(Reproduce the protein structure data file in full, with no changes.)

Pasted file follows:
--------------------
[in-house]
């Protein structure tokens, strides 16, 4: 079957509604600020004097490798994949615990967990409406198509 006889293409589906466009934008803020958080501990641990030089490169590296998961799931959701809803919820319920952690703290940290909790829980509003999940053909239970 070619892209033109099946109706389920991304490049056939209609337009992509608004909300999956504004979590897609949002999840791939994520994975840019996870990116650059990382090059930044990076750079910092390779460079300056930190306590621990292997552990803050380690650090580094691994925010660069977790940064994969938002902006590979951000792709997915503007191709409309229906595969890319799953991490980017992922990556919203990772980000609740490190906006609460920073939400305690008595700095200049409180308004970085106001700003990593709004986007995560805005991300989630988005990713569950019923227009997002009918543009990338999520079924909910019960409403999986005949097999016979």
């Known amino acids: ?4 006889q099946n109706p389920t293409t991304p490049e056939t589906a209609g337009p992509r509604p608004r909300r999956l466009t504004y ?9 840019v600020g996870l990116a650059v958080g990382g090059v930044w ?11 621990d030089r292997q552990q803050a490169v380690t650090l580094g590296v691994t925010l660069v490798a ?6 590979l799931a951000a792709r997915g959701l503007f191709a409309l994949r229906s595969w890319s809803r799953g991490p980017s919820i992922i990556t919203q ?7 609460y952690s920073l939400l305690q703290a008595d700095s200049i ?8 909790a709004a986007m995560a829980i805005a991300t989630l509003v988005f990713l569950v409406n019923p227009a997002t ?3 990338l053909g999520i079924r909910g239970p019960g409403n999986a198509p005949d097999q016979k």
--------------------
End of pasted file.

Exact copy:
[in-house]
């Protein structure tokens, strides 16, 4: 079957509604600020004097490798994949615990967990409406198509 006889293409589906466009934008803020958080501990641990030089490169590296998961799931959701809803919820319920952690703290940290909790829980509003999940053909239970 070619892209033109099946109706389920991304490049056939209609337009992509608004909300999956504004979590897609949002999840791939994520994975840019996870990116650059990382090059930044990076750079910092390779460079300056930190306590621990292997552990803050380690650090580094691994925010660069977790940064994969938002902006590979951000792709997915503007191709409309229906595969890319799953991490980017992922990556919203990772980000609740490190906006609460920073939400305690008595700095200049409180308004970085106001700003990593709004986007995560805005991300989630988005990713569950019923227009997002009918543009990338999520079924909910019960409403999986005949097999016979």
């Known amino acids: ?4 006889q099946n109706p389920t293409t991304p490049e056939t589906a209609g337009p992509r509604p608004r909300r999956l466009t504004y ?9 840019v600020g996870l990116a650059v958080g990382g090059v930044w ?11 621990d030089r292997q552990q803050a490169v380690t650090l580094g590296v691994t925010l660069v490798a ?6 590979l799931a951000a792709r997915g959701l503007f191709a409309l994949r229906s595969w890319s809803r799953g991490p980017s919820i992922i990556t919203q ?7 609460y952690s920073l939400l305690q703290a008595d700095s200049i ?8 909790a709004a986007m995560a829980i805005a991300t989630l509003v988005f990713l569950v409406n019923p227009a997002t ?3 990338l053909g999520i079924r909910g239970p019960g409403n999986a198509p005949d097999q016979k």